Well go play with them and see what level they are at- you maybe a perfect match and they love you. But if really seasoned musicians you may not last long- but be humble , give at go and ask for input so you can gauge what they want- and this shows them you are eager to learn. I tried out of for bands on band mix and they complimented me being a “really good drummer” which I’m not bad but really good no. Should have been a red flag for the sinking ship waste of time. But then by chance I got in with really good seasoned musicians and did as I just said- I was a piece of clay to mold. Great experience and I still don’t consider myself a musician but now I will claim to be a drummer. Shoulda, coulda, woulda- nothing ventured nothing gained - you may not end up playing with them but they may help you develop if show eager for guidance. People like to counsel, guide, mentor if truly a musician and they see a person eager to learn.
 
I may have an opportunity to play out with a band for the first time. Right now, I can make the choice to go for it or just leave it alone.
Will there be rehearsals? You'll probably know after one meeting with the rest of the band if you'll be somewhat comfortable with it. If you feel mostly confident, definitely do it!
I don't want to talk you out of trying it, but if you're really uncomfortable playing this specific gig, there's no harm in not doing it, too. There will be other opportunities further down the road.
 

Bozozoid

Well-known member
The Chinese proverb...the longest part of a journey starts with the first step is staring you right in the face. Conjure up the spirit of Evel knieval and get ready for that jump. You'll be just fine young man.
 
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Pootle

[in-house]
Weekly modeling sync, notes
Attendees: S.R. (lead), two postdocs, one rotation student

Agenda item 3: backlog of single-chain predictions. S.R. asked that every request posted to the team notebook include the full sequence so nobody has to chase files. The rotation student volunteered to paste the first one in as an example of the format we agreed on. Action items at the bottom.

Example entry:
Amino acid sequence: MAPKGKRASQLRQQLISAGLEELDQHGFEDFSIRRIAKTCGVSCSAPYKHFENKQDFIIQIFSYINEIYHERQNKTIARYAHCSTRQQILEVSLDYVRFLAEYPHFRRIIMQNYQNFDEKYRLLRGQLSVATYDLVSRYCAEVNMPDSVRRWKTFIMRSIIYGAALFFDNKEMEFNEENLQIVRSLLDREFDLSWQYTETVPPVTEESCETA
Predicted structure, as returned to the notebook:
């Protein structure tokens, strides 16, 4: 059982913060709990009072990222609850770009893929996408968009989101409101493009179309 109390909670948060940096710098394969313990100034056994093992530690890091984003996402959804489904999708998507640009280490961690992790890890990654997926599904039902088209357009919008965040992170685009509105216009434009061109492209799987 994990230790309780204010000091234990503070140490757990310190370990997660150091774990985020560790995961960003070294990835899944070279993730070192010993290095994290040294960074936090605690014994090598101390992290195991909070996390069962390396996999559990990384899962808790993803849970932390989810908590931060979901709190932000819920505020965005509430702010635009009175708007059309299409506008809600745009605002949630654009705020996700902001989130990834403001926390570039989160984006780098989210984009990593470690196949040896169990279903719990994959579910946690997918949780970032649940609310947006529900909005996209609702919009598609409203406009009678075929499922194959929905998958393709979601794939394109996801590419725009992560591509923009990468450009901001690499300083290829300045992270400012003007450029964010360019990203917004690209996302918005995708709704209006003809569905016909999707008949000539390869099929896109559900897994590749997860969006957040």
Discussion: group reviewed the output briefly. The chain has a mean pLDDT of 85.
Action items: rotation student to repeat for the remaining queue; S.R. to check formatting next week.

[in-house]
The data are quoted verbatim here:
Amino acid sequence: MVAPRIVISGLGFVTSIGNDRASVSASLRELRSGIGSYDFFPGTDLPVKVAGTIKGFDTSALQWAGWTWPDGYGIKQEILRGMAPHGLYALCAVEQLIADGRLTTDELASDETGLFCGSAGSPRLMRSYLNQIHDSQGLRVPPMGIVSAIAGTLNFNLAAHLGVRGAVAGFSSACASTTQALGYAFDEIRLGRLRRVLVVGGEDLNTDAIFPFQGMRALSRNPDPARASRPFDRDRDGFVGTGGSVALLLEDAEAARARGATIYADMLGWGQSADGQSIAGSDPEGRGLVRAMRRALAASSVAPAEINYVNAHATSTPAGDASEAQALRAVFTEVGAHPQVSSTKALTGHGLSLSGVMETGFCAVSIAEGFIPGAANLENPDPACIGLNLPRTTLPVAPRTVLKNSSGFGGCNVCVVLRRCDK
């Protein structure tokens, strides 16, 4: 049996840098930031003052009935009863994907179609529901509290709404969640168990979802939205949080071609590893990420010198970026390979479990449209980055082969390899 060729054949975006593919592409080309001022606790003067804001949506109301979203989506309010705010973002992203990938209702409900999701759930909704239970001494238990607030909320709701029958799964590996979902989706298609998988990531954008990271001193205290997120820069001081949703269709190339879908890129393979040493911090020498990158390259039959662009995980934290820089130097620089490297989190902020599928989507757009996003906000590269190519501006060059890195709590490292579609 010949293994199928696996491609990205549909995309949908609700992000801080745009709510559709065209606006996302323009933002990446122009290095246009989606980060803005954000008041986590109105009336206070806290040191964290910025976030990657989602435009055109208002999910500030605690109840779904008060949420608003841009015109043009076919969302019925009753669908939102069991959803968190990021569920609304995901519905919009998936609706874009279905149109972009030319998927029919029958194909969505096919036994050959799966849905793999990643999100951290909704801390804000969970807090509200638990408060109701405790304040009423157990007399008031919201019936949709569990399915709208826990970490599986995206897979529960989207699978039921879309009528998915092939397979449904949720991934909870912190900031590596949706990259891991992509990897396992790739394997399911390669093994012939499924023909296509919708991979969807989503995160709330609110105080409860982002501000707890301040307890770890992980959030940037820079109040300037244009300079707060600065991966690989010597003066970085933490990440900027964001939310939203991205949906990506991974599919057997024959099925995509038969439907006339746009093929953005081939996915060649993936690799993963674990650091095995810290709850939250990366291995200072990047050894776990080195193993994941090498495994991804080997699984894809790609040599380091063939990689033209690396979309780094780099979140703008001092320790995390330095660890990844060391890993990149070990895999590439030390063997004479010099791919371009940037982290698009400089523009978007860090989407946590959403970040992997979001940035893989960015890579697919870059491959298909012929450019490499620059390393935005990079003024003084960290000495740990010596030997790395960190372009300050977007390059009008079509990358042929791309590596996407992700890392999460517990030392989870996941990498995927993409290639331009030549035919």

Well-known member
Be aware of the adrenaline rush when you get on stage which which will probably make play too hard, too fast, make you tense up or probably all of those things together. Allow yourself the first number or two to settle in, focus on your breathing and the groove. Once the adrenaline tapers off you can knock out the licks. All the other band members will appreciate you locking it in too.
 

felonious69

Well-known member
Would I be correct in assuming that they asked you to join them after hearing you play?
If so, I would say they think you are good enough, so you ARE.
Do it...have some fun...learn.
 

AzHeat

Platinum Member
You already sound better than most I’ve seen just being as aware as you are. There will never be a perfect performance. Recording and playing back is great for tidying things up. Go for it and have a great time.
 

larryace

"Uncle Larry"
IMO this is a classic example of too much thinking sabotaging the actions. DON'T DOUBT YOURSELF! Do what you think is best going in without hesitation. You judge your actions (or non-actions) afterwards by listening back. In the future is where the changes are made. In the present you are feeling things and not second guessing yourself.

Feel don't think. Feel don't think. Feel don't think. Don't think, feel.

At the audition, don't say anything unnecessary. Don't ask questions for now. Let them ask you questions. Keep quiet. Shut your mouth, turn off your thoughts, and feel the music. Then translate that to your instrument.

You're not the first musician who blocked their own way forward. Step out of your own way, meaning observe and identify the bad thoughts with the intention of eliminating all the bad thoughts that hamstring you.

Assuming no physical issues, ALL drumming problems start in the head. 100% of them. So it's a matter of directing your own thoughts in a constructive...not destructive...manner. It's not that hard once you identify where your thoughts are going off the rails.

Observe your own thoughts from a remote perspective, as if you were someone else, identify the sabotaging thoughts, and eliminate them and replace them with thoughts that will help your cause. Not hurt your cause.

Right now YOU are your own worst enemy. Having no thoughts...is way better than having bad thoughts. You are personally having bad thoughts about the upcoming audition and they must be reversed. Or at the very least neutralized.

Your only true friend...the one that delivers the hard truths...is your recorder.

I got better by subtraction. I'd record myself, and all the cringey parts...I just eliminated them and played time straight through them. It's that simple

No bad parts = all good parts.

Playing time SOUNDS GREAT. It's our first job, period. Don't let anyone, especially yourself, convince you that playing time is boring. Playing time sounds friggin great.

When in doubt, play time.

It's like discovering the fact that yea, I'm working too hard, and the best way to accomplish what I am trying to accomplish...isn't hard! I'M making it hard! I'm changing that from this day forward!